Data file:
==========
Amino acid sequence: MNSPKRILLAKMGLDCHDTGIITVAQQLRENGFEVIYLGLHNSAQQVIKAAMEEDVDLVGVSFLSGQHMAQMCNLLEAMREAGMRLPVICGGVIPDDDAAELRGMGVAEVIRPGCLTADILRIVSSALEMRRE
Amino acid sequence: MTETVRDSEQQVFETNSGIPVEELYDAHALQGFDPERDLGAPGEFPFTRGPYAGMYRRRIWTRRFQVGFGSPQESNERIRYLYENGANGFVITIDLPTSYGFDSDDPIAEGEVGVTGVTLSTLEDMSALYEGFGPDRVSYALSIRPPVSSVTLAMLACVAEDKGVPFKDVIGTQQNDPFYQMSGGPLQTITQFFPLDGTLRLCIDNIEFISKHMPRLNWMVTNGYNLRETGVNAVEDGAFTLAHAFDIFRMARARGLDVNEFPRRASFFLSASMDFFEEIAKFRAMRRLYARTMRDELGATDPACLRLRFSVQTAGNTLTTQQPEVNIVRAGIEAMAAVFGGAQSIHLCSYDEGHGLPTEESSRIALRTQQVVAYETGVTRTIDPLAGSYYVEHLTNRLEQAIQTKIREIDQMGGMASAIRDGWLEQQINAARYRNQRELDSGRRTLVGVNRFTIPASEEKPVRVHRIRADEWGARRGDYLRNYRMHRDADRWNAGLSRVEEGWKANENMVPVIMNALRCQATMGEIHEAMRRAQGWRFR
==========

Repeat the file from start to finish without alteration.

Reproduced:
Amino acid sequence: MNSPKRILLAKMGLDCHDTGIITVAQQLRENGFEVIYLGLHNSAQQVIKAAMEEDVDLVGVSFLSGQHMAQMCNLLEAMREAGMRLPVICGGVIPDDDAAELRGMGVAEVIRPGCLTADILRIVSSALEMRRE
Amino acid sequence: MTETVRDSEQQVFETNSGIPVEELYDAHALQGFDPERDLGAPGEFPFTRGPYAGMYRRRIWTRRFQVGFGSPQESNERIRYLYENGANGFVITIDLPTSYGFDSDDPIAEGEVGVTGVTLSTLEDMSALYEGFGPDRVSYALSIRPPVSSVTLAMLACVAEDKGVPFKDVIGTQQNDPFYQMSGGPLQTITQFFPLDGTLRLCIDNIEFISKHMPRLNWMVTNGYNLRETGVNAVEDGAFTLAHAFDIFRMARARGLDVNEFPRRASFFLSASMDFFEEIAKFRAMRRLYARTMRDELGATDPACLRLRFSVQTAGNTLTTQQPEVNIVRAGIEAMAAVFGGAQSIHLCSYDEGHGLPTEESSRIALRTQQVVAYETGVTRTIDPLAGSYYVEHLTNRLEQAIQTKIREIDQMGGMASAIRDGWLEQQINAARYRNQRELDSGRRTLVGVNRFTIPASEEKPVRVHRIRADEWGARRGDYLRNYRMHRDADRWNAGLSRVEEGWKANENMVPVIMNALRCQATMGEIHEAMRRAQGWRFR